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expedition, was now within or nearly within his power.

Aware of the danger he incurred in his present position, the King now wished to urge on his horse to a renewal of that speed which he had hitherto so fruitlessly attempted to repress. He shook the rein, and sent the rowel into his flank-but it profited nothing : weary with over exertion, and faint from loss of blood flowing from his wounds, the steed seemed equally unable as unwilling to escape from those, who crowding round, attempted to seize the rein.

Several of these fell a sacrifice to their hardihood, but others instantly pressed forward to supply their places; till at length, weighed down by numbers and overpowered in strength rather than vanquished in spirit, the King found himself no longer able to raise his arm and sever his, who grasping the horses rein commanded him to dismount.

This was Zannecq; who, seemingly desirous of showing himself off to a Cavalier in his best style of brutality, addressed his prisoner. “Come! Sir Knight,” said the Carle, "off!descend—bring thyself to a level with thy betters.—Trudge it along with us on thy feet like a man-ay, as Adam and Eve used to do before the invention of gaily caparisoned grey steeds to pamper indolence! I say, Louis le Brasseur,”—he continued, grinning from ear to ear at the extreme happiness of the jest, as he addressed a brewer of his acquaintance who bore that name,—“I say, Louis! I've heard tell as how Adam had but one horse in his stable, and that he used in his dray to send beer about to his customers. Come-off, I say; down on thy marrow bones, fair Knight, and beg pardon for having sinned against the majesty of the people, and tried to make us slaves to the King's slaves, Louis of Flanders and his brother.-We'll ha' no more slavery, no more vassals nor vassallage, nor bending knees, nor folding hands, nor any such goings on; but all shall be free, and there shall be liberty for every man to do as he pleases; and we'll be all Kings, and Lords, and Seigneurs, - the people shall be King - Come, Sirrah,-off!"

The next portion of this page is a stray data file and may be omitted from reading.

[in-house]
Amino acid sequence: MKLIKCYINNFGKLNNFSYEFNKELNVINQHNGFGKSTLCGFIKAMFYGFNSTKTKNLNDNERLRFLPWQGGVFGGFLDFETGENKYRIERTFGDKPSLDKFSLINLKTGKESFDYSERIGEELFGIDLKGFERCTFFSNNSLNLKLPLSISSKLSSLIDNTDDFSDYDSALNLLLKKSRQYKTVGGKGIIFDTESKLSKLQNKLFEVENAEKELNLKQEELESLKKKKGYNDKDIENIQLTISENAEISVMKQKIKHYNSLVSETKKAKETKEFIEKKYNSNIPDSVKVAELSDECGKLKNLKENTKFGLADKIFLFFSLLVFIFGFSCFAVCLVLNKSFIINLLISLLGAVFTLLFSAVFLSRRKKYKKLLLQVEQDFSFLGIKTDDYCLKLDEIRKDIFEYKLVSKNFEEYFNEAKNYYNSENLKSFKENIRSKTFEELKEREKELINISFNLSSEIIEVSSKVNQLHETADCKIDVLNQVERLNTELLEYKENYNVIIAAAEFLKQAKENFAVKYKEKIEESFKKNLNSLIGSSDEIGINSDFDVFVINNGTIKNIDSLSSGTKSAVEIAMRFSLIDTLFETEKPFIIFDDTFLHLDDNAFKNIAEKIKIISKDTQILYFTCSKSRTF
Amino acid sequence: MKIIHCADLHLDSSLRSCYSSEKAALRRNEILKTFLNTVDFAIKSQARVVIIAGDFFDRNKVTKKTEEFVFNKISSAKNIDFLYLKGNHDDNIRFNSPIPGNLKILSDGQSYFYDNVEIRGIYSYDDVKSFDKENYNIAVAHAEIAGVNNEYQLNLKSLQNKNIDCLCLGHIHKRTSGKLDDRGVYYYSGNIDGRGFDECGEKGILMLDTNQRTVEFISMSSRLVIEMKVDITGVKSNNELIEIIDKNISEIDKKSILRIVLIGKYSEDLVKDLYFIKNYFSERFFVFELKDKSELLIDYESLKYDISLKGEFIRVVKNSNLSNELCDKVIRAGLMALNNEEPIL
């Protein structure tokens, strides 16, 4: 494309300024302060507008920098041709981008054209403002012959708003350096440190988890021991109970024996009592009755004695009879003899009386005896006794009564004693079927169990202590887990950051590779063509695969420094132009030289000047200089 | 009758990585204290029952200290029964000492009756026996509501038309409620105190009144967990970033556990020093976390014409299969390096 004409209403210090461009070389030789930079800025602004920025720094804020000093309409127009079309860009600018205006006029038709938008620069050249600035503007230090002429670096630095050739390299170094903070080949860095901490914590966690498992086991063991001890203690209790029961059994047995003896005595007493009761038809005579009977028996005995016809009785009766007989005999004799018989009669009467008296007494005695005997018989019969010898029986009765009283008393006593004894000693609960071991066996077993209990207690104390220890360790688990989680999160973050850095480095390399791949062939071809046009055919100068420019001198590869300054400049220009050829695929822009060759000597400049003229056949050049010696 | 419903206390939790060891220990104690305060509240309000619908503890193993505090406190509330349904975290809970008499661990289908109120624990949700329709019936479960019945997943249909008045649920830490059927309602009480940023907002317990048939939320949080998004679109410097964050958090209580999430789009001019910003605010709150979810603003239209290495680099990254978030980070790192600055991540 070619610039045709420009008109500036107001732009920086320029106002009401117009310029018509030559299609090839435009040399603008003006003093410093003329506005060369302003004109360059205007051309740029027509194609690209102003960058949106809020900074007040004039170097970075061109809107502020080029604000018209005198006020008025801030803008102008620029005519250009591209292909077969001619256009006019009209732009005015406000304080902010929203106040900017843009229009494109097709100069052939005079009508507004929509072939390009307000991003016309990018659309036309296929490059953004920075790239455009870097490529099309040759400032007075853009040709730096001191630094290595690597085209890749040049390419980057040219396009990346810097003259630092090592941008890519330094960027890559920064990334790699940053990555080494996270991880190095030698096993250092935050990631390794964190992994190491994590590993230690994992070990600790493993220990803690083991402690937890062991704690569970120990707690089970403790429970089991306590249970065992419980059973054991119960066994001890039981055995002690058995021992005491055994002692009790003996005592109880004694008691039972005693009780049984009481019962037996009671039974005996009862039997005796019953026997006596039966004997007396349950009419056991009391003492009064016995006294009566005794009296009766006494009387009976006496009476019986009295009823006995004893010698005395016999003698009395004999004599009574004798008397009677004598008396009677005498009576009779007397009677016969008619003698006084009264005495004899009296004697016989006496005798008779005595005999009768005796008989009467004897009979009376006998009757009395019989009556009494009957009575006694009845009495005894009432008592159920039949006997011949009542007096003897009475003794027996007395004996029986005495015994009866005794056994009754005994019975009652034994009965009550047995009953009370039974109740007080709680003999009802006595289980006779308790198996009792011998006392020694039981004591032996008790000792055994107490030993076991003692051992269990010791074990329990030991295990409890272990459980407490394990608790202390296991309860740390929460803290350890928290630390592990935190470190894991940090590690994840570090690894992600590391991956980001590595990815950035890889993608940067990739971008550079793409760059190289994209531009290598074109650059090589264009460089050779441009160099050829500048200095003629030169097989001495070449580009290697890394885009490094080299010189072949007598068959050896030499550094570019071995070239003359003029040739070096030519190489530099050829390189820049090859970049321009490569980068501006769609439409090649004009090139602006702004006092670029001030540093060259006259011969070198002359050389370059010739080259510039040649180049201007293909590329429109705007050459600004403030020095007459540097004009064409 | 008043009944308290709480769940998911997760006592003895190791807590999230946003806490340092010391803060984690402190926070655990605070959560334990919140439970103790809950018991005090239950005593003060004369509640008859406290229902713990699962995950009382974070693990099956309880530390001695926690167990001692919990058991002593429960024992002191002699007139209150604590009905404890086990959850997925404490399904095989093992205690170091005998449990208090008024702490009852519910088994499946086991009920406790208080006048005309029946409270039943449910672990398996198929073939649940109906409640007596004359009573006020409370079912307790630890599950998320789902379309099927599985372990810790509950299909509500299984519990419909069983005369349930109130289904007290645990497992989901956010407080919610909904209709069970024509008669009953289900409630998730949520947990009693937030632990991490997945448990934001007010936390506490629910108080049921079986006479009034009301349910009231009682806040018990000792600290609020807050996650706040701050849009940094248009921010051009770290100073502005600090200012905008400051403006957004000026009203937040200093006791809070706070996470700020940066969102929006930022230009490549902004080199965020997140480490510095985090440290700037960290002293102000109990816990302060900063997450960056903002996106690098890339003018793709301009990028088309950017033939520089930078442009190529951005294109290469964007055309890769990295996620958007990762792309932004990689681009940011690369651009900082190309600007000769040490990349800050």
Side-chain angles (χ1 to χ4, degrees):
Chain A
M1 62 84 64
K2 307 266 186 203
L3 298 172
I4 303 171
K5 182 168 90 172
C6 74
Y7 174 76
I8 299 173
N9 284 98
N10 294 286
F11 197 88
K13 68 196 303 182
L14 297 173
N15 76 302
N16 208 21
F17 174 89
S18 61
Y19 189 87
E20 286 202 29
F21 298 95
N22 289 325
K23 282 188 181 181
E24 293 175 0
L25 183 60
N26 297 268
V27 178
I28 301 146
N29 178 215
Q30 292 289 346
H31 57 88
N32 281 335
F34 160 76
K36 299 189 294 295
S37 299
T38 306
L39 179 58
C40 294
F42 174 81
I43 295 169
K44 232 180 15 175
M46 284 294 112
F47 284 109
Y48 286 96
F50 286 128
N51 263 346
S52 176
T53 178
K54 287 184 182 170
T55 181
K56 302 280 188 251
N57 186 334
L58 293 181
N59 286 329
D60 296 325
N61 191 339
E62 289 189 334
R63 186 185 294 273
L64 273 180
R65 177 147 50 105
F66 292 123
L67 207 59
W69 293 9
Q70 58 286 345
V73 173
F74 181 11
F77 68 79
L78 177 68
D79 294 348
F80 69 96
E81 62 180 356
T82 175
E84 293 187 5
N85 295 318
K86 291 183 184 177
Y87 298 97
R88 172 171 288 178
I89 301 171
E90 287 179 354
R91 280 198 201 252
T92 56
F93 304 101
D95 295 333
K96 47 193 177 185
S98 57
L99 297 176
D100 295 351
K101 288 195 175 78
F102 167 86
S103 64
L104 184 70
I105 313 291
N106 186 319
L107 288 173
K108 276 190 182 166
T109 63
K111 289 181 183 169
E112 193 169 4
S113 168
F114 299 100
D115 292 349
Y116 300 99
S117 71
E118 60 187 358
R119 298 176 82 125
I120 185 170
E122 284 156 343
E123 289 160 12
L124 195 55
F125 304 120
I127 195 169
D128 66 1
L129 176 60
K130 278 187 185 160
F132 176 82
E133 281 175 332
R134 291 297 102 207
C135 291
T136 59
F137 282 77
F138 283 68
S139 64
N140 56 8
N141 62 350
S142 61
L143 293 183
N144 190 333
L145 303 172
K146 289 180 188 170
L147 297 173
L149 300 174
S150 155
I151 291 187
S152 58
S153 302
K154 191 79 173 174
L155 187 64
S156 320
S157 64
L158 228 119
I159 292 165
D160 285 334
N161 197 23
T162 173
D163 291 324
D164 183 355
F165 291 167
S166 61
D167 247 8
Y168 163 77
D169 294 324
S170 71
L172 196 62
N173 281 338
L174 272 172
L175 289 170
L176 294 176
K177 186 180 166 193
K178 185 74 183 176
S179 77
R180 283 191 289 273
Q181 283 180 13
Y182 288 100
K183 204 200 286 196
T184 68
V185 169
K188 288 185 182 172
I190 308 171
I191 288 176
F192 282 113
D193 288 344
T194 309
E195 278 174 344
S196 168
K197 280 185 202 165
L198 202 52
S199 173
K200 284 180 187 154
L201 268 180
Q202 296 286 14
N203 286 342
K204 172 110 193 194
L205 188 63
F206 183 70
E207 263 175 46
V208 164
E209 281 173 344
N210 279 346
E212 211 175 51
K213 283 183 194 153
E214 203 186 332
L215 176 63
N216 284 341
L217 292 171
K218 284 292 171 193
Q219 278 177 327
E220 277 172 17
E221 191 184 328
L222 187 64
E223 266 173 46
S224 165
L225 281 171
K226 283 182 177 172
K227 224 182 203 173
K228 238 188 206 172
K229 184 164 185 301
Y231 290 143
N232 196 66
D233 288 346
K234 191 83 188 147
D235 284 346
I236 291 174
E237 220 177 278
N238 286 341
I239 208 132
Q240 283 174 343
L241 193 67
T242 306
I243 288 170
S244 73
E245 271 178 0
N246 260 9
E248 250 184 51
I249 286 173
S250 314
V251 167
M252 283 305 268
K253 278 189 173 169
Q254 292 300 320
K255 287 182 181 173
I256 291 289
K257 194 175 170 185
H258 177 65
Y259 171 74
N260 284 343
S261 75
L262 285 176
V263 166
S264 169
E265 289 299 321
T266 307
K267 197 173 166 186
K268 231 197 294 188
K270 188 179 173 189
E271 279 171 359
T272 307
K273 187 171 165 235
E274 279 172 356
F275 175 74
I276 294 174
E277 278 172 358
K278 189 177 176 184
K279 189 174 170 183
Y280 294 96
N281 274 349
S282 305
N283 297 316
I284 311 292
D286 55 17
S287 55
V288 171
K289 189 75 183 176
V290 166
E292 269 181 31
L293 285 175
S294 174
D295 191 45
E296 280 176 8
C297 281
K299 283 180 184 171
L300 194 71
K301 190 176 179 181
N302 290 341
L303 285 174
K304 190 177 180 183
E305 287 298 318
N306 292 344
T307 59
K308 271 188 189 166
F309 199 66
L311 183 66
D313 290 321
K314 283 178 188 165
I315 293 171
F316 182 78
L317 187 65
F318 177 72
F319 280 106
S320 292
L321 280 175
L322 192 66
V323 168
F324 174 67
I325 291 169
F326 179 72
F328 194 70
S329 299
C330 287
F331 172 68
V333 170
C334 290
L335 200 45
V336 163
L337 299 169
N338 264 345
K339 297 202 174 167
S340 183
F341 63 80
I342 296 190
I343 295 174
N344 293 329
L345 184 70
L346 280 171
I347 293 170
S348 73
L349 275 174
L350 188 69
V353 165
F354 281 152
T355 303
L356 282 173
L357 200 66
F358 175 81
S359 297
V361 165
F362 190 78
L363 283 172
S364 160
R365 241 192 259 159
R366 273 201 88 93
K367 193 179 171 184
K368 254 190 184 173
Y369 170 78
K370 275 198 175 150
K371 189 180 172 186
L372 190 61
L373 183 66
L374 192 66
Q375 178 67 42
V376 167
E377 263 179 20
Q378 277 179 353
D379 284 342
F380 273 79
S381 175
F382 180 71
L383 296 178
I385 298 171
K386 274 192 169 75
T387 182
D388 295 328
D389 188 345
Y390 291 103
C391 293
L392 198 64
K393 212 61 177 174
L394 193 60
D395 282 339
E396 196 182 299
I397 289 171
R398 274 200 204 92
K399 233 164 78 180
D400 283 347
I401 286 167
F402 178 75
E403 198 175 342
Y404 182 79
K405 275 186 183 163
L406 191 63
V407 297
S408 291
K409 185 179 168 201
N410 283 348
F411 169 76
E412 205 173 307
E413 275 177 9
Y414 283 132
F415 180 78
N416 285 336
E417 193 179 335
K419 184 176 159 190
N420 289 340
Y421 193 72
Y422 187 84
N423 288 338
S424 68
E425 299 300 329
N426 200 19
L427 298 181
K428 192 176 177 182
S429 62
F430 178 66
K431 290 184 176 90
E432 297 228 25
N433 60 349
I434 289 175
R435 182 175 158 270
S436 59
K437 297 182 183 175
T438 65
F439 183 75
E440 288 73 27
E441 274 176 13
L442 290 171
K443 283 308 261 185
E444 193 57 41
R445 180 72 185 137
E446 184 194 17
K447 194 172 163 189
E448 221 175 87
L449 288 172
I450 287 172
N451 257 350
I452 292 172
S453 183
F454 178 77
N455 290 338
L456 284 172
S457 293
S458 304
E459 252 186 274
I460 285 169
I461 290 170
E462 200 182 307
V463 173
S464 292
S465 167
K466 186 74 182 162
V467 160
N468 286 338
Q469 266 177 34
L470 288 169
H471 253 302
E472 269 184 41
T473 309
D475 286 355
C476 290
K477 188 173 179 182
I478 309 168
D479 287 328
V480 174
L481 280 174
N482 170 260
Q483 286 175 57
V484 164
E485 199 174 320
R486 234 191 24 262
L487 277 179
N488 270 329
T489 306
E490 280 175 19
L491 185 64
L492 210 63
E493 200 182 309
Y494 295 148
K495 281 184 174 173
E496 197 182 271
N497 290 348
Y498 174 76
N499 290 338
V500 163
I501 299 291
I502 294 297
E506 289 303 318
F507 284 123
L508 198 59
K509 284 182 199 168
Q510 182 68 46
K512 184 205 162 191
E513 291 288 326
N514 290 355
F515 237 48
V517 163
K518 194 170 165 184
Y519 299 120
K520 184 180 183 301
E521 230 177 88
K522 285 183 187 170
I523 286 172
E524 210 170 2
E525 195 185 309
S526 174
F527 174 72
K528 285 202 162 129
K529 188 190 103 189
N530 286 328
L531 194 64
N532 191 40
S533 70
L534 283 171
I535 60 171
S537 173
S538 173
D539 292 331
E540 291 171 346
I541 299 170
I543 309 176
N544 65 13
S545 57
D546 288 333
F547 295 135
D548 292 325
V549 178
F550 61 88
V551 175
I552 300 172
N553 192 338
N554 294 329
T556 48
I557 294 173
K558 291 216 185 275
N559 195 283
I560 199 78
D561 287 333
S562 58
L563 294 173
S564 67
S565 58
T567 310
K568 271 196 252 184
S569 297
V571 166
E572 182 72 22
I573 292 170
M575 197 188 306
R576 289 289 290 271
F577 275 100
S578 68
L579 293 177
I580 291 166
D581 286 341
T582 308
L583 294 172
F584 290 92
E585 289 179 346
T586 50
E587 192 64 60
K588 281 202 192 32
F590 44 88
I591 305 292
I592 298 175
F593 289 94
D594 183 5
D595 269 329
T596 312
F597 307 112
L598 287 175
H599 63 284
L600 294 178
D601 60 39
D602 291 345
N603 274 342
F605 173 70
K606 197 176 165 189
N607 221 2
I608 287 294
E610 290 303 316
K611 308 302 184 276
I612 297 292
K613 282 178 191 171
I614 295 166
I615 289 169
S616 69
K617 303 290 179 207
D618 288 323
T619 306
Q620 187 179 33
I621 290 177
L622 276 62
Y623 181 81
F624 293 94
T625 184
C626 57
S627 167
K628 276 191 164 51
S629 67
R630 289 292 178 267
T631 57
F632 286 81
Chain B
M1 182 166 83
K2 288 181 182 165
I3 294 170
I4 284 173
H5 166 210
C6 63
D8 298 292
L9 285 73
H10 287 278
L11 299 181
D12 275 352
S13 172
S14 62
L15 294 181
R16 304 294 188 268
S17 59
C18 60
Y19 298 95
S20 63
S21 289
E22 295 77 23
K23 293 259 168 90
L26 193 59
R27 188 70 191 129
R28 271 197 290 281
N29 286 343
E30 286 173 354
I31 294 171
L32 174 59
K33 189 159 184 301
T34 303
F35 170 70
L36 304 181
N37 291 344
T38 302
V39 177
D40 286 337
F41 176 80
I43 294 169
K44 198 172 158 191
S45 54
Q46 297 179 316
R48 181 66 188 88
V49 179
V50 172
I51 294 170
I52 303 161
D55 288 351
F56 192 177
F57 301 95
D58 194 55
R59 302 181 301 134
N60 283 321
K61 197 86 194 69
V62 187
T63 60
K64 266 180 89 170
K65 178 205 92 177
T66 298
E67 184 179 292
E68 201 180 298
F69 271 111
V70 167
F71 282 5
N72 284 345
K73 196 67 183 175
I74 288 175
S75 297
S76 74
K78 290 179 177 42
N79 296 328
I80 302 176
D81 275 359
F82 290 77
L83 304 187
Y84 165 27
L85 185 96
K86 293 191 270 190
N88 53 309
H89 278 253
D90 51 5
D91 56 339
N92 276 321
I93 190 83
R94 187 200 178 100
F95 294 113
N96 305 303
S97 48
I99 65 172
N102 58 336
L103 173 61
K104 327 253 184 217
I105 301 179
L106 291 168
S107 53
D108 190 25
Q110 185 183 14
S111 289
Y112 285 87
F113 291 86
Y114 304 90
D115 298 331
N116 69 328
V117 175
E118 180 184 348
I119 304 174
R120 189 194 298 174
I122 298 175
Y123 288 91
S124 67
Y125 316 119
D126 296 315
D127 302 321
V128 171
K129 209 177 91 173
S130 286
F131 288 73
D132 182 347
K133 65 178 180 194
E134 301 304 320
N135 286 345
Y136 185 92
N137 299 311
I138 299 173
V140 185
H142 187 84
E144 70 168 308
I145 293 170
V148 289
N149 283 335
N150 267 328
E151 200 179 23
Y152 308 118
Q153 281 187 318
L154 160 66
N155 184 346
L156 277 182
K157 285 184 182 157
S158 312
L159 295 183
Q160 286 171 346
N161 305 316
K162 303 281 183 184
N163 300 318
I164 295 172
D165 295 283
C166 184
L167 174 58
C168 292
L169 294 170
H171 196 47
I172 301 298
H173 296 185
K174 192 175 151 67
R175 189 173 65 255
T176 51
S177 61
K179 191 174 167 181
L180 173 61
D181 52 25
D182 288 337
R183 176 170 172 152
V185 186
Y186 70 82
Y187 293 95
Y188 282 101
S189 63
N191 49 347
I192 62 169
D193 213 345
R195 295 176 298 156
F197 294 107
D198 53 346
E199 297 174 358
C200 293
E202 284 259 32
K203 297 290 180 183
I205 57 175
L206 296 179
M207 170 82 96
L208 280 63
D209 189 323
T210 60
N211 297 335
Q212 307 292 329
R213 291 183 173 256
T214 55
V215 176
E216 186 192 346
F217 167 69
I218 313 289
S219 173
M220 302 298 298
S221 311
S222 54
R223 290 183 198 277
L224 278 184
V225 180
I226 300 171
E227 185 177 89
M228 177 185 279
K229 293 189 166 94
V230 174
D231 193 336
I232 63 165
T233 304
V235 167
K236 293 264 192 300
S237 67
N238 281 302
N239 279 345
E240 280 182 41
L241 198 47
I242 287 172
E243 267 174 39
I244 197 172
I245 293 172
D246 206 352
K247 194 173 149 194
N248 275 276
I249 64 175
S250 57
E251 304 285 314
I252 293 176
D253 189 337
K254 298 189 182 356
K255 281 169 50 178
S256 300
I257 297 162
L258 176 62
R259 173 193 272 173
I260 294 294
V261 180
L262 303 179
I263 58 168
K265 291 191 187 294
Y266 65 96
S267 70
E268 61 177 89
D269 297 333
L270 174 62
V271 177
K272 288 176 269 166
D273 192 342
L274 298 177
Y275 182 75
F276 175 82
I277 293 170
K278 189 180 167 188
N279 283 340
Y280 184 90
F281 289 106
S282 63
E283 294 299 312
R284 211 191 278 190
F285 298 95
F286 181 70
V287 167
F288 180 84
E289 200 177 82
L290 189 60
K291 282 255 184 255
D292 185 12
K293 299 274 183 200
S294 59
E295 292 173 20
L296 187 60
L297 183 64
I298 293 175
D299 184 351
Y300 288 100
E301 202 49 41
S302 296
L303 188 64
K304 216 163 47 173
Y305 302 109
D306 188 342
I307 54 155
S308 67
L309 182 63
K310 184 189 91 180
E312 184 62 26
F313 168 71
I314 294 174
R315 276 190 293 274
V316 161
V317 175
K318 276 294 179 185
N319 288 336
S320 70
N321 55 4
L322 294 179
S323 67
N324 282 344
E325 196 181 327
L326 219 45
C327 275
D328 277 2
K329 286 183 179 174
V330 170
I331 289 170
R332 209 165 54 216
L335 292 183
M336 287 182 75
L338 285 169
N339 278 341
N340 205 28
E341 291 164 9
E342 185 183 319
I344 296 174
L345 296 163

“ Ill favoured Carle !" replied Philip, in a tone of angry resentment, which not even the danger of his situation enabled him to repress, -"knowst thou 'gainst whom thou now dost wag thy traitor tongue? I am the Sovereign of thy Lord; of that Lord who, not long hence, shall fix thy head on yonder ramparts, as a warning to all ribauds like thyself. What!” he continued, raising the visor of his helmet and gazing around, " is there none here who knows his Monarch ?”

Philip had no sooner by these words declared his rank, than surprise and consternation seemed to replace the ferocious audacity which had hitherto been apparent, both on the countenances and in the behaviour of those who surrounded him. A pause followed the announcement. They whomso dread is majesty!—but a moment before had seemed the most anxious for the capture, and the most desperately determined to effect it, now dropped their hands from off their Sovereign

and his steed; and falling back several paces, stood gazing at each other in confusion, as not knowing what course to follow, whether to fly, or to lay down their arms and sue for pardon.

Not so Zannecq, who with all the coarse and vulgar ribaldry of a demagogue, possessed a large share of natural shrewdness, and of that acute and ready insight into human nature, which is frequently the portion of the most ignorant as well as of the most worthless of mankind; and which, though it generally passes in the world as a proof of talent or genius in the possessor, has nothing in the world to do with either one or the other, being, in truth, most commonly but the result of a low selfish temper, ever intent on its own interest, and in search of means to gratify it. • Perceiving this change of disposition in the minds of his followers, and well knowing that should the King be able to persuade them to return to their duty, their next step would be tear him to pieces, in

order to obtain pardon for their own offences. Zannecq was not tardy in addressing the deserters, and endeavouring to work a reaction in his favour.

" What!” he cried aloud, “ faultering, my lads! ar’nt I your countryman? — Ay, and your fellow townsman, moreover; ha’nt 1 watched over your safety, and told ye not to be made slaves on?-- Ha' I not fought for ye-ar'nt my limbs black and blue with the knocks I ha' got all for your sakes? -ha’nt I been bespattered with all manner of abuse and been called a ribaud because I took your parts ?-ha' I not set you free from that proud tyrant Louis the Count, who would have ground down every mother's son of ve to powder, as fine as Barnaby Muller's the fourman? Ha’ I not done all this, and dont I mean to do a great deal more, and to make Kings and Counts of ye all ? - and dont I mean to let ye have bread, and beer, and beef all for nothing? And now, marry! in return for all this sarvice, you're going to leave me at the first tustle you have,--and instead of

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